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Back to #Storage Basics #Exchange2010 #Sharepoint2010 #SQLServer

February 9, 2011

Block & Bytes

Understand and know the difference between Block Level Data and File Level  Data and  its storage….Its kind of key.
Refresh your memory here

Grasp the  Fundamental  Technologies: NAS Vs SAN (or DAS)

To select the most apppriate technologies such as NAS, SAN or DAS, you need to have a grasp of what each offers over the other. And to do this you first needed to have understood the above.  Some people think they need one, when actually other would suffice, or their workload dicates.
Refresh your memory on NAS / SAN here

Don’t over engineer a solution, think elastic, dynamic and above all be agile to changing demands, and workloads.

Think Billy Connelly Buisness Plan, but replace business needs with  Storage Needs….
We Want this (Size/ Scale/ Growth), and that (Speed/IOPS), plenty of this (lower TCO/ ROI), none of that (latency), none of this (Corruption/failures), and ***** stay awake as demands (workloads / app requirements)  will all be changed…..Billy Connelly Buisness Plan

Mind your Langauage

Learn the differences in the Storage Languages. How do the Storage protocols/ Transport methods stack up… FC vs iSCSI

Refresh your memory here.

RAID & Writes

The thing to remember is Reads will be generally consistent across all RAID Levels (1 IOPS per Read). However, Writes, will may be clearly different (4 IOPS per Write for RAID5)
(this is largely (not wholey) due to distributed parity, performance traded off for fault tolerance)

 RAID 1 Write Penalty


IO Impact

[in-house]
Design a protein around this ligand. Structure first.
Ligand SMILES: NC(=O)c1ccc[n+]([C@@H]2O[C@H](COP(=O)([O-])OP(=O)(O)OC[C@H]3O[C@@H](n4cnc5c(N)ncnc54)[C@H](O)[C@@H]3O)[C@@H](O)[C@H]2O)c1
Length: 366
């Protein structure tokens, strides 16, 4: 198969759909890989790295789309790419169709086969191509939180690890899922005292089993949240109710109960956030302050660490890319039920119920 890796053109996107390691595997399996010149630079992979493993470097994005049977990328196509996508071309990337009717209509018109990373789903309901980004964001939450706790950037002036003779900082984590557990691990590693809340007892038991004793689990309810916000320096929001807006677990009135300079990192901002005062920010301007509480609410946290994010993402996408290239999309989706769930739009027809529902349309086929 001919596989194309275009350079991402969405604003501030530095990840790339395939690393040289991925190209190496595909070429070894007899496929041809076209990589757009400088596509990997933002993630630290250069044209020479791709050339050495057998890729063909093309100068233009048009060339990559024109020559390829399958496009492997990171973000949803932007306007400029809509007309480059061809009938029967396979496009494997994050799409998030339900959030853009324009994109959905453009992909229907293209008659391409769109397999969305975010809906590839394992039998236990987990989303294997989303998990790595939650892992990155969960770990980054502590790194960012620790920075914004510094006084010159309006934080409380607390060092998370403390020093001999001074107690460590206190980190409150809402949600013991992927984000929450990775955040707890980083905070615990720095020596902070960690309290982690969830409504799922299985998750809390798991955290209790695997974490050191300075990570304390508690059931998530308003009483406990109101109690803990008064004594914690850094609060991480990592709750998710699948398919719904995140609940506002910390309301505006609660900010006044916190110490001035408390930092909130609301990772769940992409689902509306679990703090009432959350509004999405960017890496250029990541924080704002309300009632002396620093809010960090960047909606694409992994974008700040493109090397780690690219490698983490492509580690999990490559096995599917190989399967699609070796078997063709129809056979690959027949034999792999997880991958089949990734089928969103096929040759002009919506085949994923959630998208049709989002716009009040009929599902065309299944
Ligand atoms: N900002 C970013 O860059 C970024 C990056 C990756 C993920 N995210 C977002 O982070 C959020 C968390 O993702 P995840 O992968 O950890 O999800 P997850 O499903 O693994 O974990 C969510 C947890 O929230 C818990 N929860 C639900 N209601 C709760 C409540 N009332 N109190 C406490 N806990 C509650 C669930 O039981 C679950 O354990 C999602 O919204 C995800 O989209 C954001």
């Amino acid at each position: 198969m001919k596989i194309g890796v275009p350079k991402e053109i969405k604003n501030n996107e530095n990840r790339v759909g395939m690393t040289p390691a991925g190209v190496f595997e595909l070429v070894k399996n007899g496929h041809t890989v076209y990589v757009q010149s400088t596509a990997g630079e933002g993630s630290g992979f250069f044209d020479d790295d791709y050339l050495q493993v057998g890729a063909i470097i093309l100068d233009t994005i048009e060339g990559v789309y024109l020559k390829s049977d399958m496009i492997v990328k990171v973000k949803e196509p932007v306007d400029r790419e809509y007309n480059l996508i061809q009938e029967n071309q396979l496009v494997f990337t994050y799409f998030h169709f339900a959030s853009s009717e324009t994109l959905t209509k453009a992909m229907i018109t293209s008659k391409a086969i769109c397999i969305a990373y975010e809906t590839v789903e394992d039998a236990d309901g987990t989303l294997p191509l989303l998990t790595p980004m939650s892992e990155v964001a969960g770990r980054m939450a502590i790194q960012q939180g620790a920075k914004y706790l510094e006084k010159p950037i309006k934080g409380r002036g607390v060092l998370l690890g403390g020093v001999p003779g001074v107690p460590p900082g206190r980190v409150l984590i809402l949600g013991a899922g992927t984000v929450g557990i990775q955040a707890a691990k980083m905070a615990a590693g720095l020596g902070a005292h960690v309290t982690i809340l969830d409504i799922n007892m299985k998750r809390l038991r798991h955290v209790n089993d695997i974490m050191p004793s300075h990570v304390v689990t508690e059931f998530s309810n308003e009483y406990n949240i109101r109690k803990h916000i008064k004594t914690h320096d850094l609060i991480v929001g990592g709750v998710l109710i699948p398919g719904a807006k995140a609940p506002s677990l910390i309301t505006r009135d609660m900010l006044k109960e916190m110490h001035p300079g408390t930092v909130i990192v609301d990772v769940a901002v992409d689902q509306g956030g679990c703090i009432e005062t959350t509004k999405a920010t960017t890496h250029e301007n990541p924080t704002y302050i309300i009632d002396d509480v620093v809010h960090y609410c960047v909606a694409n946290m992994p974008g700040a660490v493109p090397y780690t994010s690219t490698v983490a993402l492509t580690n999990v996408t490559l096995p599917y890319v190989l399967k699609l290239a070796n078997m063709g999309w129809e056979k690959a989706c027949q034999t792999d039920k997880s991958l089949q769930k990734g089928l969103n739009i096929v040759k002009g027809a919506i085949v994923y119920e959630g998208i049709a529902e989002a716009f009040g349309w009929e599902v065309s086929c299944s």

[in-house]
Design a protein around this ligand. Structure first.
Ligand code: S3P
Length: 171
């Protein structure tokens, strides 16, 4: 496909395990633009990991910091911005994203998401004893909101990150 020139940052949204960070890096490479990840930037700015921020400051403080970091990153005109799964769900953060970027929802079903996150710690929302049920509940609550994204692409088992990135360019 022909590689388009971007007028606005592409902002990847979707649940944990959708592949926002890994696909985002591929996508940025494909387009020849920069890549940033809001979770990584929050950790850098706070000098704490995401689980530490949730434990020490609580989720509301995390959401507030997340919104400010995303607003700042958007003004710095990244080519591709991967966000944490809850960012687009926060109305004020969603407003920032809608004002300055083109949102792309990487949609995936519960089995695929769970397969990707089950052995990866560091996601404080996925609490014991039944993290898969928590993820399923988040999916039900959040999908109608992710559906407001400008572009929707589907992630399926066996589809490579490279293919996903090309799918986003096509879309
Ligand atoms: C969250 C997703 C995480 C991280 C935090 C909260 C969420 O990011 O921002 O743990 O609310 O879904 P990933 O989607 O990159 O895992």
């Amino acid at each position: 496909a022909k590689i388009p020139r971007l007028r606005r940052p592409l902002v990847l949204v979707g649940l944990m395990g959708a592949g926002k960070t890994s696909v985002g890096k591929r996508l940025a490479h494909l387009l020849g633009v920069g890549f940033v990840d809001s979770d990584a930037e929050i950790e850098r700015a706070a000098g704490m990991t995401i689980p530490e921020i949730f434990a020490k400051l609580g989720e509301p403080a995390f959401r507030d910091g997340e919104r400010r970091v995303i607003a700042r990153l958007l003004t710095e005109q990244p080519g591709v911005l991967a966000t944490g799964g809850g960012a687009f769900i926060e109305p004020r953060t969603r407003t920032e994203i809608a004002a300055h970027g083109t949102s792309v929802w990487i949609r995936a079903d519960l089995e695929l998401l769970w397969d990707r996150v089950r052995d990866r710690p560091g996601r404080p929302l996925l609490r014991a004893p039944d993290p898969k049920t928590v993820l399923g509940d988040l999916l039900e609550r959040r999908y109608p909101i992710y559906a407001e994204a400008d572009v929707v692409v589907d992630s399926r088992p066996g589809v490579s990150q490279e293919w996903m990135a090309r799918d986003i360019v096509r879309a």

IO Impact



RAID 1 Write Penalty

Two Writes must be performed for every Write operation. Increased Read performance.
Two IOPS per Write Operation

The RAID5 Write Penalty

Because RAID 5 has distributed parity, two Reads and two Writes must be performed for every Write operation. Four IOPS per Write Operation

RAID 1+0

Creates a striped set from a series of mirrored drives. Two IOPS per Write Operation.
Half the RAID 5 Write Penalty, increased Reads.

In a failed disk situation, RAID 1+0 performs better because all the remaining disks continue to be used. The array can sustain multiple drive losses so long as no mirror loses all its drives.

RAID 0+1

Creates a second striped set to mirror a primary striped set.

The array continues to operate with one or more drives failed in the same mirror set, but if drives fail on both sides of the mirror the data on the RAID system is lost.

LUN scaling and performance  

LUN performance will vary according to the disk or configuration of disks upon which they reside, so it is important to consider the physical medium and its characteristics when planning LUNs as part of storage provisioning.

For example, a LUN that resides on a Fibre Channel 15,000 rpm disk will perform better than an identical LUN on a 5,400 rpm SATA disk. Raid configuration also affects performance and reliability, so the characteristics of the RAID type used for LUNs need to be taken into account.

Type of Workload

Sequential or Random Read/ Writes all impact the design descisions. DataBases – OLAP vs OLTP for example….Are you more interested in read performance than write performance. Are you willing to trade performance for Fault Tolerance and Data Integrity.

Calculate IOPS Required

Great post here by Scott Lowe

Table below courtesy of Scott’s article

Average IOPS / Drive

Average IOPS / Drive


The Right Questions to Ask

Before you can propose a solution you have to know the problem. Ensure happy customers by aligning the technology to the requirements
Know what questions to ask?

Read Storage area network fundamentals – Part 2

Read Storage area network fundamentals – Part 3

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